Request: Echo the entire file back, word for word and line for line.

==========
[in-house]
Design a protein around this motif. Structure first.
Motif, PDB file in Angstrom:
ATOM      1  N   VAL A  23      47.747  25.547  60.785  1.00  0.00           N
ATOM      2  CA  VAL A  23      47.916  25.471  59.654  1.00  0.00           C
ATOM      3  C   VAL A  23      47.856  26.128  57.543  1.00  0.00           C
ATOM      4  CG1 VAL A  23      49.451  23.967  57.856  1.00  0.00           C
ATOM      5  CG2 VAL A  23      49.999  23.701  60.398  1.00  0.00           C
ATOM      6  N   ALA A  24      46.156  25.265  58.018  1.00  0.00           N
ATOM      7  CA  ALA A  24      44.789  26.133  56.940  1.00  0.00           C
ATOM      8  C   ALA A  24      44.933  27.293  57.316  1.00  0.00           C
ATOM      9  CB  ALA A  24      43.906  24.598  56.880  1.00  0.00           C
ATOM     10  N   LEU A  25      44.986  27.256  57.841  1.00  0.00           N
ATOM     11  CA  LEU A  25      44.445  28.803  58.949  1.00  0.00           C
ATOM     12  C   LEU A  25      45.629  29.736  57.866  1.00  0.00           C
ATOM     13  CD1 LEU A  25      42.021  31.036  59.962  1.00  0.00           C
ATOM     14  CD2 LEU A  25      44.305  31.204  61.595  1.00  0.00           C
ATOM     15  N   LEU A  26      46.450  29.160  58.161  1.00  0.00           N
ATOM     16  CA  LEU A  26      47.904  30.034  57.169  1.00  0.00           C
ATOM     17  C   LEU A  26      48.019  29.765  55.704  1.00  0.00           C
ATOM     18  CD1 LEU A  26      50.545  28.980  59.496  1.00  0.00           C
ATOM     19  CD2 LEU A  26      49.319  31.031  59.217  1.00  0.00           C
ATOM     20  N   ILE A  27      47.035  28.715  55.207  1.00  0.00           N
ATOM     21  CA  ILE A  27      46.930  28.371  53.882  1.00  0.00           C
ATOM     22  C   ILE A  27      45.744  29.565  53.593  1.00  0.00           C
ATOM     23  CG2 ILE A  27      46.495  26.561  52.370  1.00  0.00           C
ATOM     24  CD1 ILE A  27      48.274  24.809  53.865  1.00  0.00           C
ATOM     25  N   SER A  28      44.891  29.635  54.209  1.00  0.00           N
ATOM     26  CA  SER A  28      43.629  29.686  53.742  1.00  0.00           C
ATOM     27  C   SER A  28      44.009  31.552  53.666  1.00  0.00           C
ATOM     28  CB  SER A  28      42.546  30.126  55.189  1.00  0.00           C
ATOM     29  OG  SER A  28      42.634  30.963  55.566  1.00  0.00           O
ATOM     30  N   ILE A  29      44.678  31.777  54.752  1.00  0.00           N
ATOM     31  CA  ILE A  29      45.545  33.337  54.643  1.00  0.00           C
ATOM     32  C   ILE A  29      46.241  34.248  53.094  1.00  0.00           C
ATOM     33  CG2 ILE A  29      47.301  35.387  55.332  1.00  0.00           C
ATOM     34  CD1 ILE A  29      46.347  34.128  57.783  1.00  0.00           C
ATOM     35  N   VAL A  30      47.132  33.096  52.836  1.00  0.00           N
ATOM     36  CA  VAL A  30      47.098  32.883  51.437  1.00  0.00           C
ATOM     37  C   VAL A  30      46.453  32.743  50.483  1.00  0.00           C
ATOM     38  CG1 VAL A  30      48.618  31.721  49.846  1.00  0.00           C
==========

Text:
[in-house]
Design a protein around this motif. Structure first.
Motif, PDB file in Angstrom:
ATOM      1  N   VAL A  23      47.747  25.547  60.785  1.00  0.00           N
ATOM      2  CA  VAL A  23      47.916  25.471  59.654  1.00  0.00           C
ATOM      3  C   VAL A  23      47.856  26.128  57.543  1.00  0.00           C
ATOM      4  CG1 VAL A  23      49.451  23.967  57.856  1.00  0.00           C
ATOM      5  CG2 VAL A  23      49.999  23.701  60.398  1.00  0.00           C
ATOM      6  N   ALA A  24      46.156  25.265  58.018  1.00  0.00           N
ATOM      7  CA  ALA A  24      44.789  26.133  56.940  1.00  0.00           C
ATOM      8  C   ALA A  24      44.933  27.293  57.316  1.00  0.00           C
ATOM      9  CB  ALA A  24      43.906  24.598  56.880  1.00  0.00           C
ATOM     10  N   LEU A  25      44.986  27.256  57.841  1.00  0.00           N
ATOM     11  CA  LEU A  25      44.445  28.803  58.949  1.00  0.00           C
ATOM     12  C   LEU A  25      45.629  29.736  57.866  1.00  0.00           C
ATOM     13  CD1 LEU A  25      42.021  31.036  59.962  1.00  0.00           C
ATOM     14  CD2 LEU A  25      44.305  31.204  61.595  1.00  0.00           C
ATOM     15  N   LEU A  26      46.450  29.160  58.161  1.00  0.00           N
ATOM     16  CA  LEU A  26      47.904  30.034  57.169  1.00  0.00           C
ATOM     17  C   LEU A  26      48.019  29.765  55.704  1.00  0.00           C
ATOM     18  CD1 LEU A  26      50.545  28.980  59.496  1.00  0.00           C
ATOM     19  CD2 LEU A  26      49.319  31.031  59.217  1.00  0.00           C
ATOM     20  N   ILE A  27      47.035  28.715  55.207  1.00  0.00           N
ATOM     21  CA  ILE A  27      46.930  28.371  53.882  1.00  0.00           C
ATOM     22  C   ILE A  27      45.744  29.565  53.593  1.00  0.00           C
ATOM     23  CG2 ILE A  27      46.495  26.561  52.370  1.00  0.00           C
ATOM     24  CD1 ILE A  27      48.274  24.809  53.865  1.00  0.00           C
ATOM     25  N   SER A  28      44.891  29.635  54.209  1.00  0.00           N
ATOM     26  CA  SER A  28      43.629  29.686  53.742  1.00  0.00           C
ATOM     27  C   SER A  28      44.009  31.552  53.666  1.00  0.00           C
ATOM     28  CB  SER A  28      42.546  30.126  55.189  1.00  0.00           C
ATOM     29  OG  SER A  28      42.634  30.963  55.566  1.00  0.00           O
ATOM     30  N   ILE A  29      44.678  31.777  54.752  1.00  0.00           N
ATOM     31  CA  ILE A  29      45.545  33.337  54.643  1.00  0.00           C
ATOM     32  C   ILE A  29      46.241  34.248  53.094  1.00  0.00           C
ATOM     33  CG2 ILE A  29      47.301  35.387  55.332  1.00  0.00           C
ATOM     34  CD1 ILE A  29      46.347  34.128  57.783  1.00  0.00           C
ATOM     35  N   VAL A  30      47.132  33.096  52.836  1.00  0.00           N
ATOM     36  CA  VAL A  30      47.098  32.883  51.437  1.00  0.00           C
ATOM     37  C   VAL A  30      46.453  32.743  50.483  1.00  0.00           C
ATOM     38  CG1 VAL A  30      48.618  31.721  49.846  1.00  0.00           C